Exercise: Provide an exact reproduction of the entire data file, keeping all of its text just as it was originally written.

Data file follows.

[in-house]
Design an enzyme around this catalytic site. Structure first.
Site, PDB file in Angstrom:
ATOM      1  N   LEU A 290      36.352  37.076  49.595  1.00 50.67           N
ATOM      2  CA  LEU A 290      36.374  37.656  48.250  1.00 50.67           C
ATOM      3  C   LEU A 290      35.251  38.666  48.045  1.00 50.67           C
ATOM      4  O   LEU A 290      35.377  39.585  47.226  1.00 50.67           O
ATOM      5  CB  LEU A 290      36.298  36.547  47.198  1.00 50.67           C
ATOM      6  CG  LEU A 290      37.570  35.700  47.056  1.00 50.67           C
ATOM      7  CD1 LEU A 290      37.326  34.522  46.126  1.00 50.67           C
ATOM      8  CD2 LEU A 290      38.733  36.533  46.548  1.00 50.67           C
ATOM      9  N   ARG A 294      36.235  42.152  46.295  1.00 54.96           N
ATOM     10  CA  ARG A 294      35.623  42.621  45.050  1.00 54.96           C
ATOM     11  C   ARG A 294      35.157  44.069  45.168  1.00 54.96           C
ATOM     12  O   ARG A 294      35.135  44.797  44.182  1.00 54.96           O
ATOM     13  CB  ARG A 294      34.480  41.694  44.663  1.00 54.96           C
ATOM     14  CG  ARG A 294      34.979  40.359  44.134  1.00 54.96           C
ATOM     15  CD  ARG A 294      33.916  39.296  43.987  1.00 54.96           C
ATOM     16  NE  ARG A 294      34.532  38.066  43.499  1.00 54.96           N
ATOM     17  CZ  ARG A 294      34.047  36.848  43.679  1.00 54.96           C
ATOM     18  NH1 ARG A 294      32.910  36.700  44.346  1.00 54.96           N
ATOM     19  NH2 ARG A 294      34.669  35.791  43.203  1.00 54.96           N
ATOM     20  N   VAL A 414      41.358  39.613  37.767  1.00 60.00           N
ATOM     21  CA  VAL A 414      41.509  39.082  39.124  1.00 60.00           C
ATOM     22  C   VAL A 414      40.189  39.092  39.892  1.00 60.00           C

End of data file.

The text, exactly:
[in-house]
Design an enzyme around this catalytic site. Structure first.
Site, PDB file in Angstrom:
ATOM      1  N   LEU A 290      36.352  37.076  49.595  1.00 50.67           N
ATOM      2  CA  LEU A 290      36.374  37.656  48.250  1.00 50.67           C
ATOM      3  C   LEU A 290      35.251  38.666  48.045  1.00 50.67           C
ATOM      4  O   LEU A 290      35.377  39.585  47.226  1.00 50.67           O
ATOM      5  CB  LEU A 290      36.298  36.547  47.198  1.00 50.67           C
ATOM      6  CG  LEU A 290      37.570  35.700  47.056  1.00 50.67           C
ATOM      7  CD1 LEU A 290      37.326  34.522  46.126  1.00 50.67           C
ATOM      8  CD2 LEU A 290      38.733  36.533  46.548  1.00 50.67           C
ATOM      9  N   ARG A 294      36.235  42.152  46.295  1.00 54.96           N
ATOM     10  CA  ARG A 294      35.623  42.621  45.050  1.00 54.96           C
ATOM     11  C   ARG A 294      35.157  44.069  45.168  1.00 54.96           C
ATOM     12  O   ARG A 294      35.135  44.797  44.182  1.00 54.96           O
ATOM     13  CB  ARG A 294      34.480  41.694  44.663  1.00 54.96           C
ATOM     14  CG  ARG A 294      34.979  40.359  44.134  1.00 54.96           C
ATOM     15  CD  ARG A 294      33.916  39.296  43.987  1.00 54.96           C
ATOM     16  NE  ARG A 294      34.532  38.066  43.499  1.00 54.96           N
ATOM     17  CZ  ARG A 294      34.047  36.848  43.679  1.00 54.96           C
ATOM     18  NH1 ARG A 294      32.910  36.700  44.346  1.00 54.96           N
ATOM     19  NH2 ARG A 294      34.669  35.791  43.203  1.00 54.96           N
ATOM     20  N   VAL A 414      41.358  39.613  37.767  1.00 60.00           N
ATOM     21  CA  VAL A 414      41.509  39.082  39.124  1.00 60.00           C
ATOM     22  C   VAL A 414      40.189  39.092  39.892  1.00 60.00           C